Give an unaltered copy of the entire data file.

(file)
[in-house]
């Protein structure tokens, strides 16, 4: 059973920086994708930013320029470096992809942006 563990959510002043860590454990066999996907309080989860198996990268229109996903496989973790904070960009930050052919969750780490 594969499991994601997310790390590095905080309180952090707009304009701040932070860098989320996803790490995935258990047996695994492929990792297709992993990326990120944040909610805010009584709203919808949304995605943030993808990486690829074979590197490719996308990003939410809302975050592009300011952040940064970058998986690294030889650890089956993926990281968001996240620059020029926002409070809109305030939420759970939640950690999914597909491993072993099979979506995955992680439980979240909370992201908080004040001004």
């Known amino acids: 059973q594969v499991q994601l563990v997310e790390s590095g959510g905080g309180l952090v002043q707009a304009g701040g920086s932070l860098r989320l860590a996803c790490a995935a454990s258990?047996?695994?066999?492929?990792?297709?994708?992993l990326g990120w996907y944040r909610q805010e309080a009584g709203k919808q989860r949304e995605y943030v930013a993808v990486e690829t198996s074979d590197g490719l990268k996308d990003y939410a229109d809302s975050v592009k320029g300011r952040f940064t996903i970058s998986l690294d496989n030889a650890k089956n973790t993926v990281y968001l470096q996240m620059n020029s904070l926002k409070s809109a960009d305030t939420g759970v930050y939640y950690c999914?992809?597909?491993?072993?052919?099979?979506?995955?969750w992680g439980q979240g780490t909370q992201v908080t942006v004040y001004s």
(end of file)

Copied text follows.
[in-house]
């Protein structure tokens, strides 16, 4: 059973920086994708930013320029470096992809942006 563990959510002043860590454990066999996907309080989860198996990268229109996903496989973790904070960009930050052919969750780490 594969499991994601997310790390590095905080309180952090707009304009701040932070860098989320996803790490995935258990047996695994492929990792297709992993990326990120944040909610805010009584709203919808949304995605943030993808990486690829074979590197490719996308990003939410809302975050592009300011952040940064970058998986690294030889650890089956993926990281968001996240620059020029926002409070809109305030939420759970939640950690999914597909491993072993099979979506995955992680439980979240909370992201908080004040001004």
């Known amino acids: 059973q594969v499991q994601l563990v997310e790390s590095g959510g905080g309180l952090v002043q707009a304009g701040g920086s932070l860098r989320l860590a996803c790490a995935a454990s258990?047996?695994?066999?492929?990792?297709?994708?992993l990326g990120w996907y944040r909610q805010e309080a009584g709203k919808q989860r949304e995605y943030v930013a993808v990486e690829t198996s074979d590197g490719l990268k996308d990003y939410a229109d809302s975050v592009k320029g300011r952040f940064t996903i970058s998986l690294d496989n030889a650890k089956n973790t993926v990281y968001l470096q996240m620059n020029s904070l926002k409070s809109a960009d305030t939420g759970v930050y939640y950690c999914?992809?597909?491993?072993?052919?099979?979506?995955?969750w992680g439980q979240g780490t909370q992201v908080t942006v004040y001004s």